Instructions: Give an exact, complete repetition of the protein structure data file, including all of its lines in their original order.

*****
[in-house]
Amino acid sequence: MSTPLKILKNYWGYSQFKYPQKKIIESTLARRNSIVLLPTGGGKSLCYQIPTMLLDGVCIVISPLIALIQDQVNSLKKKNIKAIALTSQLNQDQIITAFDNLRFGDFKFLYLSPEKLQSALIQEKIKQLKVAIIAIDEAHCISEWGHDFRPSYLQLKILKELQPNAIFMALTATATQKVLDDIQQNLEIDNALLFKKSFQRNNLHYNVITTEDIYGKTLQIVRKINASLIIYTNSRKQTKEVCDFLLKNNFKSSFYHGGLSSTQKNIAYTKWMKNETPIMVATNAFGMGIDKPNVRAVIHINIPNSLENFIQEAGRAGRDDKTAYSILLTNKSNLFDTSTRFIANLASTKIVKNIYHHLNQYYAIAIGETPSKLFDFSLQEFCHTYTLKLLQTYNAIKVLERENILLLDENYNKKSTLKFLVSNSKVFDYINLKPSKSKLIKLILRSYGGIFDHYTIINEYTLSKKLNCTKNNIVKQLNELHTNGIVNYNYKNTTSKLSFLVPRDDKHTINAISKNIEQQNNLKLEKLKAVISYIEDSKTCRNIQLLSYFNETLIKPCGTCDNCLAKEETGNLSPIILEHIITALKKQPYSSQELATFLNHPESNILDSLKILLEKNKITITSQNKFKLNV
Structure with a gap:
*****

[in-house]
Amino acid sequence: MSTPLKILKNYWGYSQFKYPQKKIIESTLARRNSIVLLPTGGGKSLCYQIPTMLLDGVCIVISPLIALIQDQVNSLKKKNIKAIALTSQLNQDQIITAFDNLRFGDFKFLYLSPEKLQSALIQEKIKQLKVAIIAIDEAHCISEWGHDFRPSYLQLKILKELQPNAIFMALTATATQKVLDDIQQNLEIDNALLFKKSFQRNNLHYNVITTEDIYGKTLQIVRKINASLIIYTNSRKQTKEVCDFLLKNNFKSSFYHGGLSSTQKNIAYTKWMKNETPIMVATNAFGMGIDKPNVRAVIHINIPNSLENFIQEAGRAGRDDKTAYSILLTNKSNLFDTSTRFIANLASTKIVKNIYHHLNQYYAIAIGETPSKLFDFSLQEFCHTYTLKLLQTYNAIKVLERENILLLDENYNKKSTLKFLVSNSKVFDYINLKPSKSKLIKLILRSYGGIFDHYTIINEYTLSKKLNCTKNNIVKQLNELHTNGIVNYNYKNTTSKLSFLVPRDDKHTINAISKNIEQQNNLKLEKLKAVISYIEDSKTCRNIQLLSYFNETLIKPCGTCDNCLAKEETGNLSPIILEHIITALKKQPYSSQELATFLNHPESNILDSLKILLEKNKITITSQNKFKLNV
Structure with a gap: